10. The computer implemented method of claim 9, wherein the non-functional process annotation includes a quality criterion for the process information consumed.
11. The computer implemented method of claim 9, wherein the non-functional process annotation includes a process timing criterion for the process information consumed specifying when the process information consumed is required by the process implementation.
12. The computer implemented method of claim 11, further comprising identifying at least one information inconsistency in the process model if the process information consumed by the process model is not available before the process timing criterion.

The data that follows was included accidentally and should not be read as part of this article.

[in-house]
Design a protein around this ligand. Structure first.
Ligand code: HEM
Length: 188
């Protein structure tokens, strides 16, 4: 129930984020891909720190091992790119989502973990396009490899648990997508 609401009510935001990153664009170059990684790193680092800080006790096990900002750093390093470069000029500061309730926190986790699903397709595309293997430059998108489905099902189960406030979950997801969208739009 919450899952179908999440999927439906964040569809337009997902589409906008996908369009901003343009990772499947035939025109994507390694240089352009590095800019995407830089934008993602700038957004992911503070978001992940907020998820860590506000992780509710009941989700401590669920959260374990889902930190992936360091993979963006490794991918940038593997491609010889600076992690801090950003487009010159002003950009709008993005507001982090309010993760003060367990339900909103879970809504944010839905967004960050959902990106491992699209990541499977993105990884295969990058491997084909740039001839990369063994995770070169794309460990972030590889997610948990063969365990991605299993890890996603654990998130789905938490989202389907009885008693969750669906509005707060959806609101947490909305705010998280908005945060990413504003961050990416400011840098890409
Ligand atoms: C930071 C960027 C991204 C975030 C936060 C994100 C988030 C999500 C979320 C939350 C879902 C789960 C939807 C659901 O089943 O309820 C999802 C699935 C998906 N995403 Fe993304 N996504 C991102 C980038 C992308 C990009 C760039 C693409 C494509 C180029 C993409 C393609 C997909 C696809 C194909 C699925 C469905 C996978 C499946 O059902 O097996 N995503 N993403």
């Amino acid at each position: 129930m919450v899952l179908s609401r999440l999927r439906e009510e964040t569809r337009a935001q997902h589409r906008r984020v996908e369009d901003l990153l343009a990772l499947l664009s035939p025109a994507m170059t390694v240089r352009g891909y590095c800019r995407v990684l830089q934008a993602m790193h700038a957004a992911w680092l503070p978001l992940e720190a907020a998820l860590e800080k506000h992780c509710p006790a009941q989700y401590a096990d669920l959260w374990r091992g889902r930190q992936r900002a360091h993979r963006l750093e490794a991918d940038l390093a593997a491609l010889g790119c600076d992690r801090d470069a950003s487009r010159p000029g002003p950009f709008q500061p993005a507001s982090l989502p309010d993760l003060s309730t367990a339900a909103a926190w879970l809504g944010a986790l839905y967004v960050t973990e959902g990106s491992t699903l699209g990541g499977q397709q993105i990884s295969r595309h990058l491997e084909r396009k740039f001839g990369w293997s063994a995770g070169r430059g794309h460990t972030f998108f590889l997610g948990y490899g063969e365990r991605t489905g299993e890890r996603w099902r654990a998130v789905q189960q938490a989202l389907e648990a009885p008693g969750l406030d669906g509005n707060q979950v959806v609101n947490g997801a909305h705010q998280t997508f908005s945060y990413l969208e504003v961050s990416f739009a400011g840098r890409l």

13. The computer implemented method of claim 1, wherein the specification of the process information consumed by the process implementation of the process model includes a consumption type, the consumption type specifying at least one of a creating the process information consumed operation, a reading the process information consumed operation, an updating the process information consumed operation, and a deleting the process information consumed operation performed by the process implementation.
14. A computer implemented method for extending an activity model, the activity model including specification of an exposed activity interface, the method comprising the steps of:
receiving specification of activity information consumed by an activity implementation of the activity model, the activity information consumed being information that is or needs to be utilized by the activity implementation of the activity model without being passed through an exposed activity interface;